Body weight:
Body weight gain was normal during the observation period.
Gross pathology:
At necropsy, no remarkable findings were noted.

No notable clinical signs were observed. One male had a slight erythematous dermal response on day 2 but otherwise there were no changes indicative of derrmal irritation or systemic toxicity.

Interpretation of results:
not classified
Remarks:
Migrated information Criteria used for interpretation of results: EU
Conclusions:
Based on the results of this study, the dermal LD50 was determined to be greater than 2010 mg/kg.
Executive summary:

A single dose of 2010 mg benoxacor /kg bw was administered topically to a group of five male and five female NZW rabbits.

No notable clinical signs were observed. One male had a slight erythematous dermal response on day 2 but otherwise there were no changes indicative of dermal irritation or systemic toxicity. No mortalities occurred and the median lethal dose was found to exceed 2010 mg/kg bw. Benoxacor (CGA154281 Technical) was found to be of low toxicity when applied topically to rabbit skin on a single occasion.

Endpoint conclusion
Endpoint conclusion:
no adverse effect observed
Quality of whole database:
One reliable study is available.

Additional information

Guideline- and GLP-compliant acute toxicity studies are available for the test item administered by the oral, inhalation and dermal routes of exposure.

Acute oral toxicity data for benoxacor indicate an oral LD50 value in rats of >5000 mg/kg (Argus et al, 1986).

A four hour acute inhalation toxicity study in rats showed no acute inhalation toxicity at an exposure concentration of 2 mg/L (2000 mg/m3, Taberski et al., 1986). 

An acute dermal toxicity study gave an acute dermal LD50 value in rabbits of >2010 mg/kg (Taberski et al., 1986).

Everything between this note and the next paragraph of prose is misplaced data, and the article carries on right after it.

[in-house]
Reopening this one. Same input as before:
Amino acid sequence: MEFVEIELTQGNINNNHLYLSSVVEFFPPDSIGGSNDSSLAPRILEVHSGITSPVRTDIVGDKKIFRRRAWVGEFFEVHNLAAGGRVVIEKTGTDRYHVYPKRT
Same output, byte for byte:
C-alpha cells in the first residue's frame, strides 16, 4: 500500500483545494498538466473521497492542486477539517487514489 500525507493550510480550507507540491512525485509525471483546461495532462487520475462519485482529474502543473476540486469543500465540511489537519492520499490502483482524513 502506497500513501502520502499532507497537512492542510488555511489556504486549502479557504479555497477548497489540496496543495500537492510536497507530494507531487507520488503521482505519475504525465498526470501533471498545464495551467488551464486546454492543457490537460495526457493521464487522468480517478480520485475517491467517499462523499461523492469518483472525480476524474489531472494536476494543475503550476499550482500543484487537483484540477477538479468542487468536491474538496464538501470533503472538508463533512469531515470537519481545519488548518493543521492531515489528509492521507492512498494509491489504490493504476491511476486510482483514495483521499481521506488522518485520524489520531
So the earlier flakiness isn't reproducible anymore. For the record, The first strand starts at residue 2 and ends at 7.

Justification for selection of acute toxicity – oral endpoint
The study is compliant with GLP and guidelines and demonstrated reliably the low oral acute toxicity of benoxacor with an LD50 >5000 mg/kg bw. One male animal died at the highest dose of 5000 mg/kg bw, whereas no mortality occurred at doses equal to or less than 2500 mg/kg bw.

Justification for selection of acute toxicity – inhalation endpoint
The study is compliant with GLP and guidelines and demonstrated reliably the low inhalation acute toxicity of benoxacor with an LC50 >2000 mg/m3.

Justification for selection of acute toxicity – dermal endpoint
The study is compliant with GLP and guidelines and demonstrated reliably the low dermal acute toxicity of benoxacor with an LD50 >2010 mg/kg bw.

Justification for classification or non-classification

Acute toxicity studies are available for the test item administered by the oral, inhalation and dermal routes of exposure. All the available studies are considered adequate and reliable for the purposes of risk assessment, classification and labelling. The three studies produced effect levels that are greater than the relevant cut-off values triggering classification via the different routes of exposure.

The results do not lead to classification according to Directive 67/548/EEC or according to Regulation (EC) No. 1272/2008 as amended by Commission Regulation (EU) No. 286/2011.